But the third version is considerably different.  It is shorter, has only a band for the collar, and has ruffles down the button placket.  I think this creates a very sweet but grown up blouse.  I am sure I will try it some time.

And now for the review:

Sizes available: The pattern comes in European sizes 138 to 158.  My daughter wears a size 12 in U.S. sizes and I made her a 146.

Special materials required:  Because of the length of the shirt and the cuffs on the sleeves, you need quite a lot of buttons.  Also, I would recommend that you use a ribbon for the tie because making long skinny little tubes of fabric can be annoying.

Skill level required:  This is definitely an intermediate pattern as labeled.  That being said, the technique used to sew on the collar and the cuffs make very professional results.

Good:  This pattern has fabulously professional techniques and the results look better than store bought for the typical pattern.

Bad:  There is nothing bad about this pattern but it is certainly not for a begginer sewer.  But once you have decided to take up a challenge, it is well worth the added effort.
Overall pattern rating: I give this pattern4 bolts.

Monday, March 24, 2014

Fancy Headpieces

In January we shared a round-up of of various accessories that you could sew up for your tween.  But today I thought I would share a non-sewn accessory.  This winter I wanted to make some over the top hair clips for my girls.  They like to wear fancy headbands and barrettes and I was hoping to make something that would coordinate with their mom-made clothes.

barrette version

First, I went to a craft store and picked out a couple blank headbands and metal barrettes.

Then I just went a little crazy.  I picked out items from the floral section, the beading area, and a bunch of feathers.

headband version

I took all that eclectic haul home and warmed up the glue gun.  I just started to arrange various items until I figured out what I wanted it to look like.  And then it was just a matter of gluing it all down.

small barrette

These are obviously winter themed.  But think about all the other holidays out there.  You could make a headpiece that works for Easter, 4th of July, Canada Day ... the possibilities are endless.  And this is a project that your tween can do with you.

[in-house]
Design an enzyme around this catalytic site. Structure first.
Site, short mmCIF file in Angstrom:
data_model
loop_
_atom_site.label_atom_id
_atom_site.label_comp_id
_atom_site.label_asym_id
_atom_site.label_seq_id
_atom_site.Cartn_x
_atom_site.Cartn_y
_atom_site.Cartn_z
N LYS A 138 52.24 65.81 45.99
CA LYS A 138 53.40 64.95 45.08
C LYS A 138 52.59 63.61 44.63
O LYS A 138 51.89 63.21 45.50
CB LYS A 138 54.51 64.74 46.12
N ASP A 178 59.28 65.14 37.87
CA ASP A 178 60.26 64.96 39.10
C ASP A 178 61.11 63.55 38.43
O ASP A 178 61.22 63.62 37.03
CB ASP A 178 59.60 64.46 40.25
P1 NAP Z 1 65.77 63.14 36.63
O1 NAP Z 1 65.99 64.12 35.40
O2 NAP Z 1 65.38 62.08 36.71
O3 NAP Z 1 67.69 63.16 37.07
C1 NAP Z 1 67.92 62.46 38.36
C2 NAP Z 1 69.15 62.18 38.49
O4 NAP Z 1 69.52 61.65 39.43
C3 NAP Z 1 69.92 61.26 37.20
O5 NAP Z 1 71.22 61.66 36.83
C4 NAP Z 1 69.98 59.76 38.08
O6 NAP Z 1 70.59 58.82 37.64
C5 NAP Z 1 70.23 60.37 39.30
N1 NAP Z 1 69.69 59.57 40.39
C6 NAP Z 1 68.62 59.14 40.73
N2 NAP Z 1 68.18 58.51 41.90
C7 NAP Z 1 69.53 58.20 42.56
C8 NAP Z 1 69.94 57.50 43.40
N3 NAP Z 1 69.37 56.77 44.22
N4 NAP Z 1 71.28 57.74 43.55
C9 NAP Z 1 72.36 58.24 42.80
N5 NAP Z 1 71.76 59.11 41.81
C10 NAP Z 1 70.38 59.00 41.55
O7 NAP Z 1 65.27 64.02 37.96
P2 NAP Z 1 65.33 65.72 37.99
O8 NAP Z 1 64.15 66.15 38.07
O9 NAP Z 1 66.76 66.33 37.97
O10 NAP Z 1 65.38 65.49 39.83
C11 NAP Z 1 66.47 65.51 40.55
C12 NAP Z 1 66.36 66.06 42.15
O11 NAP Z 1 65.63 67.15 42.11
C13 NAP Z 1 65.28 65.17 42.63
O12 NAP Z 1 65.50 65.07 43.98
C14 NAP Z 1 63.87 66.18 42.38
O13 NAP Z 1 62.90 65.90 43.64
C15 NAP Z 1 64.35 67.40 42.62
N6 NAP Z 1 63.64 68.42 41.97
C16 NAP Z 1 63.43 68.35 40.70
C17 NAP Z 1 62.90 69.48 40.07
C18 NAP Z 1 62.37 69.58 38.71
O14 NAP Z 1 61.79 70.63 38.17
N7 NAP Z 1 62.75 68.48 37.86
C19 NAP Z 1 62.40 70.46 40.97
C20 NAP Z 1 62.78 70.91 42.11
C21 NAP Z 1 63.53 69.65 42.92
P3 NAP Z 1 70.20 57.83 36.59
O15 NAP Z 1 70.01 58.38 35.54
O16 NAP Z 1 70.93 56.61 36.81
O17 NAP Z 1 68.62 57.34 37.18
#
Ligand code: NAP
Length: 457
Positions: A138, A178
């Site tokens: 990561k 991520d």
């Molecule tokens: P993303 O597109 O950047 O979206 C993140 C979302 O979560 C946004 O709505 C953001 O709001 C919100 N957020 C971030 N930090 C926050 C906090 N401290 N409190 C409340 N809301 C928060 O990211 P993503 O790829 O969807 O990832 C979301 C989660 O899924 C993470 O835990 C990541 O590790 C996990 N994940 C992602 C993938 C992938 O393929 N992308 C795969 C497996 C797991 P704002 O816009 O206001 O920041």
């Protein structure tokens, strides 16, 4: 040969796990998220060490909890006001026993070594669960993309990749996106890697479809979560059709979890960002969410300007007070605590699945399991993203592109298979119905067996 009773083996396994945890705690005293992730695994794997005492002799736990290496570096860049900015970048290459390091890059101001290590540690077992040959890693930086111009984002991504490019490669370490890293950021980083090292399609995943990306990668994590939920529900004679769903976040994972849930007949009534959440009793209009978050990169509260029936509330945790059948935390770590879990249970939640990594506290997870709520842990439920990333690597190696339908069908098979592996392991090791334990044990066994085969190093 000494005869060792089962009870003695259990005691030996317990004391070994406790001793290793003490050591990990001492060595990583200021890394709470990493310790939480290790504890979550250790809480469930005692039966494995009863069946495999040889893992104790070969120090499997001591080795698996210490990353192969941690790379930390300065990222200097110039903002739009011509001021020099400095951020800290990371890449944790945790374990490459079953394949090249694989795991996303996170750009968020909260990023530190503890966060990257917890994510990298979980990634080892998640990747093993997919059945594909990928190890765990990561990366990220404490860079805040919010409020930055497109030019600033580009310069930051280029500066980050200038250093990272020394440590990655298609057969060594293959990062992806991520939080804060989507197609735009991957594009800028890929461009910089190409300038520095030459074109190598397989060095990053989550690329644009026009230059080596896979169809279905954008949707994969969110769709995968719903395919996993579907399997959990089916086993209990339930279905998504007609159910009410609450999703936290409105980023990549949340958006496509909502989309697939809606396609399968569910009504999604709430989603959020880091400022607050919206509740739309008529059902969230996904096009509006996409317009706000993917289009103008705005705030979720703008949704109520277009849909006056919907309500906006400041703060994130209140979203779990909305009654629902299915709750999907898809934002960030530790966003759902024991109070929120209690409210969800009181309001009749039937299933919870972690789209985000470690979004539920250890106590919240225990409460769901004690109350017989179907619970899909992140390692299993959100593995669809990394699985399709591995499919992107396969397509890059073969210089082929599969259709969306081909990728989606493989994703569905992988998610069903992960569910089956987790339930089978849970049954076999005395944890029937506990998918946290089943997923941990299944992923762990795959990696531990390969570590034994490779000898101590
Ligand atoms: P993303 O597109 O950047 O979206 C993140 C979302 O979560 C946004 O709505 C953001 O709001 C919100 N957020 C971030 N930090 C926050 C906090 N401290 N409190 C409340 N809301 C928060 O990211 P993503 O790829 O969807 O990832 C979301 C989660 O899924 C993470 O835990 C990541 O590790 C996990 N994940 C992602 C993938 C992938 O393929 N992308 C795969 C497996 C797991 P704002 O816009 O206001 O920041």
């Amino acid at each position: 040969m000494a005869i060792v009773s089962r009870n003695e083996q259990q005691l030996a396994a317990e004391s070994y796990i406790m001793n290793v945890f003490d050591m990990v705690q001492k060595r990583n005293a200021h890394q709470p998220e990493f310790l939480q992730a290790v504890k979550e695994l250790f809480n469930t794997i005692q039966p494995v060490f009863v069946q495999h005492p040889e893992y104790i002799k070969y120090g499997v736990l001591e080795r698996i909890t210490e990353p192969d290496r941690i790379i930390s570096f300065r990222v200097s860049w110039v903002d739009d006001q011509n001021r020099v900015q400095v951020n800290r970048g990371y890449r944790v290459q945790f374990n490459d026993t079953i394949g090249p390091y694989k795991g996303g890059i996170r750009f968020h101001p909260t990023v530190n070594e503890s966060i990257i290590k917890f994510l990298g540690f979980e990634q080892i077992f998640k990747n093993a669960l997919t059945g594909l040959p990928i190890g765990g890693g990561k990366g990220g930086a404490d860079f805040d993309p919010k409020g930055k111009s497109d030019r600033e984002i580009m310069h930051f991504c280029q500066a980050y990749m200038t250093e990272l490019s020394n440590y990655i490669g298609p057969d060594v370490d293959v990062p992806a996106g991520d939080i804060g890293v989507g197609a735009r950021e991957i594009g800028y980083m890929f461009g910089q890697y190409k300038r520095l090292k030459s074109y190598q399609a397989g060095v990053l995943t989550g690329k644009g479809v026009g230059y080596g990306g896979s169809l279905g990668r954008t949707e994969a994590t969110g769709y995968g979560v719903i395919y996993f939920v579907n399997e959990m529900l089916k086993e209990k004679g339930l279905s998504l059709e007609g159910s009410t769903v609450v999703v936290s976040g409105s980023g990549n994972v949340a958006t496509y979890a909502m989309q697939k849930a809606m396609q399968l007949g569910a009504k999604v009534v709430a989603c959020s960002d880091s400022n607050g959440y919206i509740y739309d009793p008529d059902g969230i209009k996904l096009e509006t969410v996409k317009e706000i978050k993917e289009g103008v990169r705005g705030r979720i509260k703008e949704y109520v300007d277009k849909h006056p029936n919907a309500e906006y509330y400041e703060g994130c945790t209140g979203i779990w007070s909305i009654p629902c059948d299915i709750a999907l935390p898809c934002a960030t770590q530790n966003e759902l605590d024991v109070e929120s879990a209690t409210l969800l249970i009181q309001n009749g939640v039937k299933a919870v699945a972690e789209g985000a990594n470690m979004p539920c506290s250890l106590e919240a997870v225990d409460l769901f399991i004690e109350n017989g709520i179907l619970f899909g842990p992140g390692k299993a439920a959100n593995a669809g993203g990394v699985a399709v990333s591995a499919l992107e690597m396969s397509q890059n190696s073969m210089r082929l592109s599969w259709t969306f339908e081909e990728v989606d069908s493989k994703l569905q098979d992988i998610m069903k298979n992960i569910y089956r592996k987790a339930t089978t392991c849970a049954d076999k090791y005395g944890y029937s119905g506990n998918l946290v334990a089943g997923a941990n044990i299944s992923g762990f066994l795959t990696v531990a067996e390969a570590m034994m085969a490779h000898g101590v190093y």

What?  You don't like mine; or they are just not your style?  Here are a ton of there tutorials and options:

leather bow tie
I love this bow tie by delia creates.  I think it would be great for a tween boy because leather can look so cool and stylish.

Speaking of leather, what about a leather headband?  Ruffles and Stuff has a neat tutorial for a simple leather headband that would look good on ladies of all ages. 

And if you do not want to buy blank headbands or barrettes, you could make some with scrap fabrics. Some good tutorials for fabric headbands are (link in the comments):

pearls and pleats
Beachy headband
ribbon headbands
Reversible fabric headband

There are lots of no-sew options in case you don't want to get out the sewing machine for your hair accessory project.

Crafting Sarah woven headband

For something a little more understated, you can weave ribbons around a blank headband.

sailor knot headband
This is another no-sew option using old t-shirts or scraps of knit fabric.

fabric feathers headband

I personally love this dramatic no-sew headband.  As you can see by mine up top, I like a dramatic headpiece.

la fleur headband

And here is one more option.  This one is absolutely beautiful and would be lovely on Easter Sunday.

Have fun making accessories and please link your creations up to our parties so we can gain inspiration from you.

Friday, March 21, 2014

Pattern Review: Jolly Roger Raglan Tee

I am so excited to be over here today! I'm Karly from Paisley Roots. My oldest is 10 but teetering between size 12 and 14. He loves me sewing for him and I've had a lot of fun finding patterns that fit his style.
Today I'm going to review the new Jolly Roger Raglan Tee Pattern from Patterns For Pirates.
The sizing is from 3m-14 years.
3 sleeve lengths
Sleeve and waist band options
This pattern is for knit fabrics and is gender neutral.
The pattern doesn't state a sewing level, but I would say a beginner could very easily make this pattern.

I'm giving it 5 bolts cause the fit is fantastic, pattern aligned perfectly, construction was super fast and easy and with all the sleeve options, this pattern will work year round.
I made the 3/4 sleeve for Gavin. Kind of giving Spring a nod to come while at the same time not giving Winter any false hope that I want it to stick around....

He loves it and is incredibly comfortable in it.
Seriously, if the kid is proud to show it off to his class, that's a hit!

Thanks for having me over!